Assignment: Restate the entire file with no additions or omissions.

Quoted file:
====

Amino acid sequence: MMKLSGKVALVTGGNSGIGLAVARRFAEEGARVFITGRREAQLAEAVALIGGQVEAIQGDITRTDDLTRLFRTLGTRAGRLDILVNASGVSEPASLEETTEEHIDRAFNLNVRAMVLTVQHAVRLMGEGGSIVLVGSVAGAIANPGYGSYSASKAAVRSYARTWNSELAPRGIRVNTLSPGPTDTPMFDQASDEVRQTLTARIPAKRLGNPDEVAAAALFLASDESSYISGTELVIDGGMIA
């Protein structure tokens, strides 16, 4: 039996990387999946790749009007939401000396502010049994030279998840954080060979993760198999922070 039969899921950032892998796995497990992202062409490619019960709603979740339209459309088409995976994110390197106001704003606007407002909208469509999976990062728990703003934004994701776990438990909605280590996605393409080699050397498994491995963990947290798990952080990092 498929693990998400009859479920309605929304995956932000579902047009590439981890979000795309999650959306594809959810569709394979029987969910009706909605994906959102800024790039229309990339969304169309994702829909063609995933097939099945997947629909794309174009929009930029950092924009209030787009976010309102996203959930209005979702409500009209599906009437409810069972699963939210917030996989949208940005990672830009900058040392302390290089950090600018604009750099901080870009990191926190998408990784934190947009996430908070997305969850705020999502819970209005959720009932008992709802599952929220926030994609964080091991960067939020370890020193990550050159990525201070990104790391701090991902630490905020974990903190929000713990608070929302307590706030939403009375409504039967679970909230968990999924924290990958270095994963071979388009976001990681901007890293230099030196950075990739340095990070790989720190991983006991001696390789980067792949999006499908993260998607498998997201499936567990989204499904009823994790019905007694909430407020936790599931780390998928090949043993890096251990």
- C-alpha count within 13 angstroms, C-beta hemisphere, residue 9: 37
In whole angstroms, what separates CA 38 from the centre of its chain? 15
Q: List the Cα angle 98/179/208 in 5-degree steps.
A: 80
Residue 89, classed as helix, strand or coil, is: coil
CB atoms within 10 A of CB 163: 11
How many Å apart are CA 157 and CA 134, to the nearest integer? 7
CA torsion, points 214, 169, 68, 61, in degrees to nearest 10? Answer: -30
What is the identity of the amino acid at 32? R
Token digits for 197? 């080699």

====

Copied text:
Amino acid sequence: MMKLSGKVALVTGGNSGIGLAVARRFAEEGARVFITGRREAQLAEAVALIGGQVEAIQGDITRTDDLTRLFRTLGTRAGRLDILVNASGVSEPASLEETTEEHIDRAFNLNVRAMVLTVQHAVRLMGEGGSIVLVGSVAGAIANPGYGSYSASKAAVRSYARTWNSELAPRGIRVNTLSPGPTDTPMFDQASDEVRQTLTARIPAKRLGNPDEVAAAALFLASDESSYISGTELVIDGGMIA
């Protein structure tokens, strides 16, 4: 039996990387999946790749009007939401000396502010049994030279998840954080060979993760198999922070 039969899921950032892998796995497990992202062409490619019960709603979740339209459309088409995976994110390197106001704003606007407002909208469509999976990062728990703003934004994701776990438990909605280590996605393409080699050397498994491995963990947290798990952080990092 498929693990998400009859479920309605929304995956932000579902047009590439981890979000795309999650959306594809959810569709394979029987969910009706909605994906959102800024790039229309990339969304169309994702829909063609995933097939099945997947629909794309174009929009930029950092924009209030787009976010309102996203959930209005979702409500009209599906009437409810069972699963939210917030996989949208940005990672830009900058040392302390290089950090600018604009750099901080870009990191926190998408990784934190947009996430908070997305969850705020999502819970209005959720009932008992709802599952929220926030994609964080091991960067939020370890020193990550050159990525201070990104790391701090991902630490905020974990903190929000713990608070929302307590706030939403009375409504039967679970909230968990999924924290990958270095994963071979388009976001990681901007890293230099030196950075990739340095990070790989720190991983006991001696390789980067792949999006499908993260998607498998997201499936567990989204499904009823994790019905007694909430407020936790599931780390998928090949043993890096251990």
- C-alpha count within 13 angstroms, C-beta hemisphere, residue 9: 37
In whole angstroms, what separates CA 38 from the centre of its chain? 15
Q: List the Cα angle 98/179/208 in 5-degree steps.
A: 80
Residue 89, classed as helix, strand or coil, is: coil
CB atoms within 10 A of CB 163: 11
How many Å apart are CA 157 and CA 134, to the nearest integer? 7
CA torsion, points 214, 169, 68, 61, in degrees to nearest 10? Answer: -30
What is the identity of the amino acid at 32? R
Token digits for 197? 């080699």